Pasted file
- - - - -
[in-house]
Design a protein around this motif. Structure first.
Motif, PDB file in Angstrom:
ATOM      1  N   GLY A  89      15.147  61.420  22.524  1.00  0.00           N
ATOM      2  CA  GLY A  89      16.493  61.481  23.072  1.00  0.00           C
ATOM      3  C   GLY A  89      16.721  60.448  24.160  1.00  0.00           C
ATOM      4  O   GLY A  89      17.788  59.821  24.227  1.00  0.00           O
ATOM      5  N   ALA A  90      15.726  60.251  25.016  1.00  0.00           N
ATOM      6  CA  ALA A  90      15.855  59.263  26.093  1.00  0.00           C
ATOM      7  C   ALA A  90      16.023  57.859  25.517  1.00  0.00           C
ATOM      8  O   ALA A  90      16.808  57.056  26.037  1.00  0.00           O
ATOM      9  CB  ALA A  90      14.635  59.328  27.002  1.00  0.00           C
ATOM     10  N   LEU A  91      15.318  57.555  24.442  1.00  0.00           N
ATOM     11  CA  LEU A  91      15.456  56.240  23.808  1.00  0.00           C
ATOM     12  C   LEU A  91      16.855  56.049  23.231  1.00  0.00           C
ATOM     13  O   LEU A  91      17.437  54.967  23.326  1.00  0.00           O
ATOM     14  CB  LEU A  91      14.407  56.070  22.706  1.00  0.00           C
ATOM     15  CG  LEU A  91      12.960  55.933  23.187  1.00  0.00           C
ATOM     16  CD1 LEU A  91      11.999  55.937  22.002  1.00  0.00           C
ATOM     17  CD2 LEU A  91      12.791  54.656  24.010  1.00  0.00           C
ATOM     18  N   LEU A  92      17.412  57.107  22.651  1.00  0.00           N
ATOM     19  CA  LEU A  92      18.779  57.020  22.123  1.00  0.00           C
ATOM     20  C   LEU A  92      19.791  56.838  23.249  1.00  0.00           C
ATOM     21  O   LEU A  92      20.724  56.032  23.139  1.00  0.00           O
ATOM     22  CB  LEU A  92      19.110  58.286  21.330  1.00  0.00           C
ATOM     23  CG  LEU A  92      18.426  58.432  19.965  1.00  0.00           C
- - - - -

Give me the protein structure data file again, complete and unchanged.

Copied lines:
[in-house]
Design a protein around this motif. Structure first.
Motif, PDB file in Angstrom:
ATOM      1  N   GLY A  89      15.147  61.420  22.524  1.00  0.00           N
ATOM      2  CA  GLY A  89      16.493  61.481  23.072  1.00  0.00           C
ATOM      3  C   GLY A  89      16.721  60.448  24.160  1.00  0.00           C
ATOM      4  O   GLY A  89      17.788  59.821  24.227  1.00  0.00           O
ATOM      5  N   ALA A  90      15.726  60.251  25.016  1.00  0.00           N
ATOM      6  CA  ALA A  90      15.855  59.263  26.093  1.00  0.00           C
ATOM      7  C   ALA A  90      16.023  57.859  25.517  1.00  0.00           C
ATOM      8  O   ALA A  90      16.808  57.056  26.037  1.00  0.00           O
ATOM      9  CB  ALA A  90      14.635  59.328  27.002  1.00  0.00           C
ATOM     10  N   LEU A  91      15.318  57.555  24.442  1.00  0.00           N
ATOM     11  CA  LEU A  91      15.456  56.240  23.808  1.00  0.00           C
ATOM     12  C   LEU A  91      16.855  56.049  23.231  1.00  0.00           C
ATOM     13  O   LEU A  91      17.437  54.967  23.326  1.00  0.00           O
ATOM     14  CB  LEU A  91      14.407  56.070  22.706  1.00  0.00           C
ATOM     15  CG  LEU A  91      12.960  55.933  23.187  1.00  0.00           C
ATOM     16  CD1 LEU A  91      11.999  55.937  22.002  1.00  0.00           C
ATOM     17  CD2 LEU A  91      12.791  54.656  24.010  1.00  0.00           C
ATOM     18  N   LEU A  92      17.412  57.107  22.651  1.00  0.00           N
ATOM     19  CA  LEU A  92      18.779  57.020  22.123  1.00  0.00           C
ATOM     20  C   LEU A  92      19.791  56.838  23.249  1.00  0.00           C
ATOM     21  O   LEU A  92      20.724  56.032  23.139  1.00  0.00           O
ATOM     22  CB  LEU A  92      19.110  58.286  21.330  1.00  0.00           C
ATOM     23  CG  LEU A  92      18.426  58.432  19.965  1.00  0.00           C